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Of all the vast tides of migration that have swept through history

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Of all the vast tides of migration that have swept through history  [#permalink]

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New post Updated on: 04 Nov 2018, 16:46
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Of all the vast tides of migration that have swept through history, maybe none is more concentrated as the wave that brought 12 million immigrants onto American shores in little more than three decades.


(A) maybe none is more concentrated as

(B) it may be that none is more concentrated as

(C) perhaps it is none that is more concentrated than

(D) maybe it is none that was more concentrated than

(E) perhaps none was more concentrated than

https://www.nytimes.com/1992/03/22/books/in-short-nonfiction-first-steps.html

Of all the vast tides of migration that have swept through history and through every continent in the world, probably none was more concentrated than the wave that washed 12 million immigrants onto American shores in little more than three decades.

Originally posted by gtr022001 on 06 Dec 2010, 23:33.
Last edited by hazelnut on 04 Nov 2018, 16:46, edited 2 times in total.
Renamed the topic and edited the question.
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Re: Of all the vast tides of migration that have swept through history  [#permalink]

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New post 07 Dec 2010, 01:16
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gtr022001 wrote:
Of all the vast tides of migration that have swept
through history, maybe none is more concentrated as
the wave that brought 12 million immigrants onto
American shores in little more than three decades.
(A) maybe none is more concentrated as
(B) it may be that none is more concentrated as
(C) perhaps it is none that is more concentrated
than
(D) maybe it is none that was more concentrated
than
(E) perhaps none was more concentrated than

What is wrong with choice (d)? thx!


D has many issues:
1. "is" is in present tense, while the sentence demands past tense.
2. "it" is not required in D as the pronoun "it" does not refer to any antecedent. Hence, it more acts like a demonstrative pronoun, which is not required here.
3. When you say "it is none that was", you are stressing on "none", while the sentence construction does not need this stress.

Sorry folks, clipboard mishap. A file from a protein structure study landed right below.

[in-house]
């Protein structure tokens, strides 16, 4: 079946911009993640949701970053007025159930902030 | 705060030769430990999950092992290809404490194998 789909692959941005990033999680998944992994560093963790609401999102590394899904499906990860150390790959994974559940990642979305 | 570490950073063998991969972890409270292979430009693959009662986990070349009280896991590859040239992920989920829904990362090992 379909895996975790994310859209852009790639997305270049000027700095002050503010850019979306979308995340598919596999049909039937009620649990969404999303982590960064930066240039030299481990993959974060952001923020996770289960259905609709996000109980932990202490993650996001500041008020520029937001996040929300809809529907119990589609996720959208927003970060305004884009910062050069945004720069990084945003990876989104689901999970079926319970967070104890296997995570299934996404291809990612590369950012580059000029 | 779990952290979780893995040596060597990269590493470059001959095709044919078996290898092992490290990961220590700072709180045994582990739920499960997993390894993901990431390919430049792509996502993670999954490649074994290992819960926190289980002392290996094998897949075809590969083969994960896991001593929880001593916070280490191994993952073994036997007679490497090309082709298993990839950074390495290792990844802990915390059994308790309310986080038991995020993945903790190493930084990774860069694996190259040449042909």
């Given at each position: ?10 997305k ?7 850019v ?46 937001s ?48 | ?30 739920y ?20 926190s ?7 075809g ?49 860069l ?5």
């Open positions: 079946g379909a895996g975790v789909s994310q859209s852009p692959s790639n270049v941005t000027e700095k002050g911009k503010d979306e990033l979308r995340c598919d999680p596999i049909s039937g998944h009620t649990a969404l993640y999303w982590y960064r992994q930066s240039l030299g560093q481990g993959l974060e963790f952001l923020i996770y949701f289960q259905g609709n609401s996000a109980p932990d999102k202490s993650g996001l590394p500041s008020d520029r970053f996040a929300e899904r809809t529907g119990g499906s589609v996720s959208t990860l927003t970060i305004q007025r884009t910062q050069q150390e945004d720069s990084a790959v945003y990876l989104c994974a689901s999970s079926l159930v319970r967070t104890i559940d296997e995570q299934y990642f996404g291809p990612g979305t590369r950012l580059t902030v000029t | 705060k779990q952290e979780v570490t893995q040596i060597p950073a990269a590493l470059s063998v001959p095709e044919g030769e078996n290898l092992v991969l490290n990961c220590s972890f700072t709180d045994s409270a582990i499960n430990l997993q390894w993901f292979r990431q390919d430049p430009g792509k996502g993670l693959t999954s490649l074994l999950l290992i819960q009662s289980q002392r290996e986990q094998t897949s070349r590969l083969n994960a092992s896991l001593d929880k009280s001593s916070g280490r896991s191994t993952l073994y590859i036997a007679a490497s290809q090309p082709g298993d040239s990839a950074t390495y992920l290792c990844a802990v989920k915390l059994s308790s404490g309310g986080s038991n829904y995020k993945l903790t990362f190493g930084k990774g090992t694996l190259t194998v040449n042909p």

4. Just another thought - "maybe" is an informal use of "perhaps". "perhaps" is formal. But, just this does not clearly make D wrong.



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Arun
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Re: Of all the vast tides of migration that have swept through history  [#permalink]

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New post 29 Aug 2012, 18:26
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Of all the vast tides of migration that have swept through history, maybe none is more concentrated as the wave that brought 12 million immigrants onto
American shores in little more than three decades.

(A) maybe none is more concentrated as
(B) it may be that none is more concentrated as
(C) perhaps it is none that is more concentrated
than
(D) maybe it is none that was more concentrated
than
(E) perhaps none was more concentrated than

Say option C is "perhaps it was none that was more concentrated than" - I believe tense wise it is correct. correct me if wrong

Guys my question is what's wrong with C,D(purely from IT prospective). as the explanation tells for sentences like 'It is clear that'...IT acts as a place holder . How different is the current construction.


Gurus can u please put some laws where IT acts as a placeholder and where IT acts like a pronoun.

No points for guessing ans. (OG12/Q4)
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Re: Of all the vast tides of migration that have swept through history  [#permalink]

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New post 29 Aug 2012, 19:16
2
sujit2k7 wrote:
Of all the vast tides of migration that have swept through history, maybe none is more concentrated as the wave that brought 12 million immigrants onto
American shores in little more than three decades.

(A) maybe none is more concentrated as
(B) it may be that none is more concentrated as
(C) perhaps it is none that is more concentrated
than
(D) maybe it is none that was more concentrated
than
(E) perhaps none was more concentrated than

Say option C is "perhaps it was none that was more concentrated than" - I believe tense wise it is correct. correct me if wrong

Guys my question is what's wrong with C,D(purely from IT prospective). as the explanation tells for sentences like 'It is clear that'...IT acts as a place holder . How different is the current construction.